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Archive for June, 2011


Prof Nigel Hooper from the Institute of Molecular and Cellular Biology, Leeds University will be giving a seminar on Monday 4th July at 4 pm in SR2, Life Sciences Building.

Nigel Hooper’s research interests cover proteolysis in neurodegenerative and cardiovascular diseases, proteases involved in processing the Alzheimer’s amyloid precursor protein and the prion protein. cholesterol-rich lipid rafts which regulated the processing of the amyloid precursor protein, the prion protein in cellular copper metabolism and the resistance of cells to oxidative stress. He also has translational interests in candidate biomarkers for the onset and progression of Alzheimer’s disease and structure-based design and chemical synthesis to develop novel drugs to target Alzheimer’s disease.

This seminar should be very interesting, particularly giventhe quality of the one he gave some years ago.

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Our invited review in the Journal of Materials Chemistry is now published. The review critically examines the current state-of-the-art for controlling the surface properties of nanoparticles and for grafting recognition functions to them that can drive self-assembly processes. The review focusses on gold nanoparticles, because self-assembly of ligands on gold surfaces of various types is a very important paradigm. The review first examines template-driven self-assembly using both synthetic and natural templates. The important question of whether ligands in a self-assembled monolayer are mobile or form stably separated phases is then addressed. This provides the background for approaches that aim to control the stoichiometry and position of ligands on the nanoparticle. The challenge of determining the structure of self-assembled monolayers on a 3-dimensional nano-object are highlighted; this challenge will have to be met, if we are to be able to drive bottom up in a rational manner the self-assembly of individual nanoparticles into higher order structures.
The themed issue as a whole is a great collection of articles – fantastic reading material for the beach in the course of my holiday in July!

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I had likened the organisation of visits to seven Research Institutes in A*STAR on Wednesday to cat herding – an impossible job given academics’ preference for freedom! On Saturday morning at 10 am all 25 of us assembled in the lobby of the Holiday Inn for a first debrief on the visits to A*STAR, NUS and NTU. Overall a success, we had all had got real traction on future collaborations at several, if not all, of these institutions.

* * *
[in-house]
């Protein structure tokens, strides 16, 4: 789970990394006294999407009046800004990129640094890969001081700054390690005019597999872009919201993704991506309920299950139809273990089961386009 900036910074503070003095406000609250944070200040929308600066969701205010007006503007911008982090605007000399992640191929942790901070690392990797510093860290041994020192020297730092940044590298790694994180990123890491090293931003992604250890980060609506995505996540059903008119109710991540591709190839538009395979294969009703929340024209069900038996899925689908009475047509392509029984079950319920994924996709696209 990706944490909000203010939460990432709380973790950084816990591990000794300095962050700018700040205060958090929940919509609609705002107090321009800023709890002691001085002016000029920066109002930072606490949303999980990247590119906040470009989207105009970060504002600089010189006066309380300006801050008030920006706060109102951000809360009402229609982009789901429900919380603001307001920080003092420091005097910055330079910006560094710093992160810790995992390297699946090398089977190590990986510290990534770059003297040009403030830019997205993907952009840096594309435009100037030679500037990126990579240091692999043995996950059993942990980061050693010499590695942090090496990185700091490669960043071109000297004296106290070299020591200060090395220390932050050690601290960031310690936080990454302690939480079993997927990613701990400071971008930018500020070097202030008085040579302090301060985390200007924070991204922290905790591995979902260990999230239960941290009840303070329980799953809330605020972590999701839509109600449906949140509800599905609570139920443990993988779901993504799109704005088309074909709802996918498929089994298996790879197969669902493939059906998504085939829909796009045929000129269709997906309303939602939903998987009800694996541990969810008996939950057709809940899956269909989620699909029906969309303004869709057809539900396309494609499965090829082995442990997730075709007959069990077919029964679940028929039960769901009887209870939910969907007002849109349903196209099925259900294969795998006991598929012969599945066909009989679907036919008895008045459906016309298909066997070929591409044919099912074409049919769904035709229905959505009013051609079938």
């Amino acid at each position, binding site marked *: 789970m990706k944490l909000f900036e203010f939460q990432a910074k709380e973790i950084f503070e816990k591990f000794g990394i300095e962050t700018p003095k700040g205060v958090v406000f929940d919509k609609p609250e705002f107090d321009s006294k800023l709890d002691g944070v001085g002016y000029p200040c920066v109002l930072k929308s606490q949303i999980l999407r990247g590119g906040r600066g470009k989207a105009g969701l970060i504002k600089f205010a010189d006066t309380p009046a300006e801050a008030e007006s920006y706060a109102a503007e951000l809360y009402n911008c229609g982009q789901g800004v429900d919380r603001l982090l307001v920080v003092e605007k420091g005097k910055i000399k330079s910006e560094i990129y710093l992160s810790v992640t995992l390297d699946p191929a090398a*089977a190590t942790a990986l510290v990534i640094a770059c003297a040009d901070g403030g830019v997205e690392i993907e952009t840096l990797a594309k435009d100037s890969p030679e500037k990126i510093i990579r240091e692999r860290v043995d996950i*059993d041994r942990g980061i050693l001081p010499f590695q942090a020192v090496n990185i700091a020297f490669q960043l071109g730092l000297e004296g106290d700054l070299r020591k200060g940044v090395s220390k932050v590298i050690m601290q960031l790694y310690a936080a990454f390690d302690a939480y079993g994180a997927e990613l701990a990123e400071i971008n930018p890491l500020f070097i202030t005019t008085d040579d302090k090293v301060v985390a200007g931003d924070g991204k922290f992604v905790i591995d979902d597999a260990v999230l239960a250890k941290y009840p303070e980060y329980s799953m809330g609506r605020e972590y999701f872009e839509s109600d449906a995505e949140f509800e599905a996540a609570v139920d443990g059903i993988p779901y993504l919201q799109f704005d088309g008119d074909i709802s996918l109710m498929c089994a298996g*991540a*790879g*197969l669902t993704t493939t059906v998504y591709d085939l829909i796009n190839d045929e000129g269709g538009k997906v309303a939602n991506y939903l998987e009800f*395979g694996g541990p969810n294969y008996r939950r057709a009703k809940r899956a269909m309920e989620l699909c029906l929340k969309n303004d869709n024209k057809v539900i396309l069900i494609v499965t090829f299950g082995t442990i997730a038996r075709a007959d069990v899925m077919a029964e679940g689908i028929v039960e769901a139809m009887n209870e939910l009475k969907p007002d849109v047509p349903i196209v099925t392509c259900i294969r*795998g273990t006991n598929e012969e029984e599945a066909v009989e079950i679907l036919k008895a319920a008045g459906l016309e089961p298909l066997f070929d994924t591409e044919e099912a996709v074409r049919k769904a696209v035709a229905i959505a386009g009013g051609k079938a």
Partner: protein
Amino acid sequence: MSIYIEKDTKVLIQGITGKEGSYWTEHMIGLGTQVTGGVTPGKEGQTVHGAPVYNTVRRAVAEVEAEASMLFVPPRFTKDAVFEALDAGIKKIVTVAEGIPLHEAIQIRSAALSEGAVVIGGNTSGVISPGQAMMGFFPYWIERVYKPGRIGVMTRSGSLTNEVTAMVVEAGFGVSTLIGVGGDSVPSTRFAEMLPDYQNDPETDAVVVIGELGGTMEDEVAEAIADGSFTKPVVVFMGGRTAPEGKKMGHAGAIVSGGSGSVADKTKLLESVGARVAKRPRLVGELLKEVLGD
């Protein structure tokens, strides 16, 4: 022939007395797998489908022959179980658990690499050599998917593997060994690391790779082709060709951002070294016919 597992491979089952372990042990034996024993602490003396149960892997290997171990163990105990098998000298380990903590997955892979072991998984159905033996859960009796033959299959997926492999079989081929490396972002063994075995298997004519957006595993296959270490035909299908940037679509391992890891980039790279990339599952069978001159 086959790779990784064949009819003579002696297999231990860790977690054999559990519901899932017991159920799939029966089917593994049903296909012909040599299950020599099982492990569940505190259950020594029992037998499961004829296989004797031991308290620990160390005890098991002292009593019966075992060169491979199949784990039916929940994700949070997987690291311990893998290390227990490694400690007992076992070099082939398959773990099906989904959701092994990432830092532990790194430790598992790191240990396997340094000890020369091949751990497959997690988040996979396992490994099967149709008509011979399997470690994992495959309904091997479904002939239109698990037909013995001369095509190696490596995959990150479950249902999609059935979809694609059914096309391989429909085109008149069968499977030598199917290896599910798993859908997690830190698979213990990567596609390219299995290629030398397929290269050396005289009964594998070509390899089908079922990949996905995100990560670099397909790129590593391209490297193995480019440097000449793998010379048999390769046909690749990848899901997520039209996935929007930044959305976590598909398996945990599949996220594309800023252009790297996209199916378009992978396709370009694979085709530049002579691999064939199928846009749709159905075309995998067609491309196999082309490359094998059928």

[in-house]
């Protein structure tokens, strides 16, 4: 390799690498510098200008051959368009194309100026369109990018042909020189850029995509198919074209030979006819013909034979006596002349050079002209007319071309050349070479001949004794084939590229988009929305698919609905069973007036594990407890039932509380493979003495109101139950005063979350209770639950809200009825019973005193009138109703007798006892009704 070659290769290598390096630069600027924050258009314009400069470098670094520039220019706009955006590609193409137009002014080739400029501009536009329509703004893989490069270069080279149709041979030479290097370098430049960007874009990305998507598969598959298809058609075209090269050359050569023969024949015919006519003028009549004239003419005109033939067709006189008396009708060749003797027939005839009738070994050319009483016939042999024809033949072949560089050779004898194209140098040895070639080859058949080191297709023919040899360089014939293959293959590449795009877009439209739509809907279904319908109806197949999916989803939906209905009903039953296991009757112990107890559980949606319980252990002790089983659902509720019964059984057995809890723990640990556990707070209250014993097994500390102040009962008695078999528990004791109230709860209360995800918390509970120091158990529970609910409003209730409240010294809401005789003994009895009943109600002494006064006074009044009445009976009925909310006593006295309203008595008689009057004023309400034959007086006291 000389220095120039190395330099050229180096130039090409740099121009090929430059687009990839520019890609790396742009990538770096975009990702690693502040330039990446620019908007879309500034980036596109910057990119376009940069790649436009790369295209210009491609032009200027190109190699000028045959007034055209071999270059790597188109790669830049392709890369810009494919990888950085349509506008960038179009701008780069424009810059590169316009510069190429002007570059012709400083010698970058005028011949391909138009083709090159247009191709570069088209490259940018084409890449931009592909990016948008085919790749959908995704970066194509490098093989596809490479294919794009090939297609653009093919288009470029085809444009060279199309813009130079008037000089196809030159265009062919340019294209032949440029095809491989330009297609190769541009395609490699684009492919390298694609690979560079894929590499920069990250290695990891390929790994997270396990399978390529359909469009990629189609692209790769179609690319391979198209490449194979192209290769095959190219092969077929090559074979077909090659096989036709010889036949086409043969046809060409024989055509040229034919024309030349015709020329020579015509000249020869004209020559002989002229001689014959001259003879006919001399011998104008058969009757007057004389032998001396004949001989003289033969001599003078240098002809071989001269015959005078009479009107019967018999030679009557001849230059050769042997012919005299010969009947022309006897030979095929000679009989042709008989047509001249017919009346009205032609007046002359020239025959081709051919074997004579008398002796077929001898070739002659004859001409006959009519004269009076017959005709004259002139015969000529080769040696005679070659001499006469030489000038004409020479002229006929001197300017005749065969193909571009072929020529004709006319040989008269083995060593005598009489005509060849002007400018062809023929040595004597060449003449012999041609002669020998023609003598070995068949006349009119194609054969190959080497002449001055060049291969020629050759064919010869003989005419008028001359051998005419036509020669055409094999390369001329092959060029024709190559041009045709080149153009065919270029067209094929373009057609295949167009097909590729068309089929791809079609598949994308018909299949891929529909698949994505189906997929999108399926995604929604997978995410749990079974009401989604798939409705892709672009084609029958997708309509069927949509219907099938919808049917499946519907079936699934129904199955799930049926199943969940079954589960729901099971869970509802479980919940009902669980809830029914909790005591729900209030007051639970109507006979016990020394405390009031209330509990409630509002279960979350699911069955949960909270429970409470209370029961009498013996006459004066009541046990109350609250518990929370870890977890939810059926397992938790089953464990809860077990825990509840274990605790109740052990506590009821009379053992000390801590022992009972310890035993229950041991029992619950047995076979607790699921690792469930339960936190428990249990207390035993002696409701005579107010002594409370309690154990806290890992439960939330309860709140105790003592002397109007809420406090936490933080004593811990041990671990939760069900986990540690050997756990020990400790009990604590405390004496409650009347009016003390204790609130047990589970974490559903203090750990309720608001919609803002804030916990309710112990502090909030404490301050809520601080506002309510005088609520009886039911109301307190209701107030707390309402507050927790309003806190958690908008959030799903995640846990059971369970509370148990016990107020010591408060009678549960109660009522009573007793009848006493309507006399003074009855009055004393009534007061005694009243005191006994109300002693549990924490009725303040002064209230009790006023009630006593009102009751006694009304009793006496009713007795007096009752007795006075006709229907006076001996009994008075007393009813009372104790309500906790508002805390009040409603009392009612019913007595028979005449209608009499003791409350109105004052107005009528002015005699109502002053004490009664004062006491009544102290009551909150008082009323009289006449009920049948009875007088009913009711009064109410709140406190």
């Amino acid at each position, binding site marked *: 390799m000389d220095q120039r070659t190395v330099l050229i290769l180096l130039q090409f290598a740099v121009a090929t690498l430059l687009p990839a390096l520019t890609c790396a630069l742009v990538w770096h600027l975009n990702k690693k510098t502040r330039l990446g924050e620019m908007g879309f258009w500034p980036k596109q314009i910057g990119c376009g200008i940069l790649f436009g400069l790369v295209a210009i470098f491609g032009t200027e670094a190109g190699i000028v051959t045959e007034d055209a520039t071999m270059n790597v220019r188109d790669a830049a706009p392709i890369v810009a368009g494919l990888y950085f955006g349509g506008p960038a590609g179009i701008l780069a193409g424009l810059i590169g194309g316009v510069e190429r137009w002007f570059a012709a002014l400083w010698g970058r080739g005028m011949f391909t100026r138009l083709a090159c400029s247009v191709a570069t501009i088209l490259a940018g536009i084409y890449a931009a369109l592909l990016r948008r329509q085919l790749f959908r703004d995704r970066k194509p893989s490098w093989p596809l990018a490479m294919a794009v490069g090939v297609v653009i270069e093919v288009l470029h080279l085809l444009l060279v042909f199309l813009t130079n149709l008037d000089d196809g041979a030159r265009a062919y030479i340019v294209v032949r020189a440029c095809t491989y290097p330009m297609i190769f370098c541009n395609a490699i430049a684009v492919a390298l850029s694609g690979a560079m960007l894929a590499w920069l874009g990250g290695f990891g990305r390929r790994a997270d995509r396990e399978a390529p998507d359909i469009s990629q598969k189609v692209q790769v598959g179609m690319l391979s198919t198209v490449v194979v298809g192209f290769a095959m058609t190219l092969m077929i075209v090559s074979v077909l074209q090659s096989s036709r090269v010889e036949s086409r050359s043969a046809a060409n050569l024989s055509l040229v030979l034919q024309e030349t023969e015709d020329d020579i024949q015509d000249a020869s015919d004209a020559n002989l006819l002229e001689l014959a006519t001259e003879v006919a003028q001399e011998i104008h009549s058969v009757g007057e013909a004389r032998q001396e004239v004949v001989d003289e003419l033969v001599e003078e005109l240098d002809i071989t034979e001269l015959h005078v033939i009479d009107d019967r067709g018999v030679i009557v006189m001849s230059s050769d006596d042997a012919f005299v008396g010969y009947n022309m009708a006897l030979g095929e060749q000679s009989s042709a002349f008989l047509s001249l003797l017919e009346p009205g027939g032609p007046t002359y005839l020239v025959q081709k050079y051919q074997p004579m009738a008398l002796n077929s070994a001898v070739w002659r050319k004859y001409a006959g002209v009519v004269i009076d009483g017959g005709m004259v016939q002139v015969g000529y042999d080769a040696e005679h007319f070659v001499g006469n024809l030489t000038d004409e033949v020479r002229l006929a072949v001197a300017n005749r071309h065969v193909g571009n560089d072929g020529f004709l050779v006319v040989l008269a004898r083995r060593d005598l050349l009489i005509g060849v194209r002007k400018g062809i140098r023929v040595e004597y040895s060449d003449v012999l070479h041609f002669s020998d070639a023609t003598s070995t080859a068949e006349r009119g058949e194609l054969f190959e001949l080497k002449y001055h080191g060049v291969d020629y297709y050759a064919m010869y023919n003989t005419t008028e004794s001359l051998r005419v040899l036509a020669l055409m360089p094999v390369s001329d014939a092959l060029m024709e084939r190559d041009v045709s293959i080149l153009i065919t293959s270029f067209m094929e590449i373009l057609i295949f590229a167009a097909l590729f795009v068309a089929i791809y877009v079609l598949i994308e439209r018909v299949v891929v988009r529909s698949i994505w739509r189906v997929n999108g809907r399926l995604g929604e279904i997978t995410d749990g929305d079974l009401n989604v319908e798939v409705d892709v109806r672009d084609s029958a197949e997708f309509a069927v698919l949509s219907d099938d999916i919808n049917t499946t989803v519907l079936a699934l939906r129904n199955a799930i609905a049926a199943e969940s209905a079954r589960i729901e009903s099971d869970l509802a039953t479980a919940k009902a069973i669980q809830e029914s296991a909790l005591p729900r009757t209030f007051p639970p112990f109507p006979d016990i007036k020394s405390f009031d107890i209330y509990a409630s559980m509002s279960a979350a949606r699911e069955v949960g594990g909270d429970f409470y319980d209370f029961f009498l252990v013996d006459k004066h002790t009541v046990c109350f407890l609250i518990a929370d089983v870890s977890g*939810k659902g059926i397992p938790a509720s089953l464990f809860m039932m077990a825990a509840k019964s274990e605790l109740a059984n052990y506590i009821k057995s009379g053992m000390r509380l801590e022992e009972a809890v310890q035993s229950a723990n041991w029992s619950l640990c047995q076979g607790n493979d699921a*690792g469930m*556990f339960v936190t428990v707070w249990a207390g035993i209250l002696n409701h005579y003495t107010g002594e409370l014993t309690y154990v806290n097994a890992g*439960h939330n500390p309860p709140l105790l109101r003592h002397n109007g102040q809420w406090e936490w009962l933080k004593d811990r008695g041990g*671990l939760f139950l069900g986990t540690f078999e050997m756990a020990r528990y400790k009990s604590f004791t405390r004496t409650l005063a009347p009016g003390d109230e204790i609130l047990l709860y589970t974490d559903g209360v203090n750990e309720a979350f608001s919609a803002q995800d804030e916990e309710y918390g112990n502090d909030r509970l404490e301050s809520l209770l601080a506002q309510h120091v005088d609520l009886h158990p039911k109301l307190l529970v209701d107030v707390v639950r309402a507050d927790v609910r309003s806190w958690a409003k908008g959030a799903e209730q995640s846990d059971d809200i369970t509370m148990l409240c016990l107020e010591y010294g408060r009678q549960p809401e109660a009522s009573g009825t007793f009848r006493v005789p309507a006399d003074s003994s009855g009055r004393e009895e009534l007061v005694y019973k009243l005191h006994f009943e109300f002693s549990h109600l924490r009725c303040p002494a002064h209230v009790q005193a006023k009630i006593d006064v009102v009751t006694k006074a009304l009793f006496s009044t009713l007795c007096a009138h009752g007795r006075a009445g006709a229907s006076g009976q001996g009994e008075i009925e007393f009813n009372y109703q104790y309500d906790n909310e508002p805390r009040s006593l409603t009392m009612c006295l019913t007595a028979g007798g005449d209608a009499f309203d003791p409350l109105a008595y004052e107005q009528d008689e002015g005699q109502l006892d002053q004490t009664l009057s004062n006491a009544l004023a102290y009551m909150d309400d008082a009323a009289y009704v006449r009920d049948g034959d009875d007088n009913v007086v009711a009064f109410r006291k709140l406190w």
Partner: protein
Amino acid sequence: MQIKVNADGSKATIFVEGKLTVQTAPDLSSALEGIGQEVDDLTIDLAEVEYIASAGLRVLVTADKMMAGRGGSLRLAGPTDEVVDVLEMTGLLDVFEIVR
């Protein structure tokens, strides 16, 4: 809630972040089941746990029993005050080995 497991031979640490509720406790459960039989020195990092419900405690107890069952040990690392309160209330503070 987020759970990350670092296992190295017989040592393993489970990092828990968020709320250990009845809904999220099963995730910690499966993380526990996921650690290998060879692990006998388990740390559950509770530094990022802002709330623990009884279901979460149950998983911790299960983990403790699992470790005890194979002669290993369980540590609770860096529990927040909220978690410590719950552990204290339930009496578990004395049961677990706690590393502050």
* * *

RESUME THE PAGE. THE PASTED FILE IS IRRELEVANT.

This was an experiment for the university. In the past we have sent a small high level delegation and the success of the venture then depended on people with existing contacts at the partner institution. Here we sent a lot of people out, including a substantial number of early career staff.
The conclusion was that the experiment worked well. One lesson is that we really have to have inside contacts to build such visits, so that individuals can drill down in 1 to 1 meetings to the details of projects and get to know each other sufficiently to develop these projects in the future. So our contacts within A*STAR, NUS and NTU were vital to the success of the enterprise. A personal lesson is that if you are the University person helping a contact organise a visit, you need to arrive a week early and expect a very substantial workload in the course of that week!
I am really looking forward to future visits to Singapore and having a cohort of research students going in both directions.

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We lose a pioneer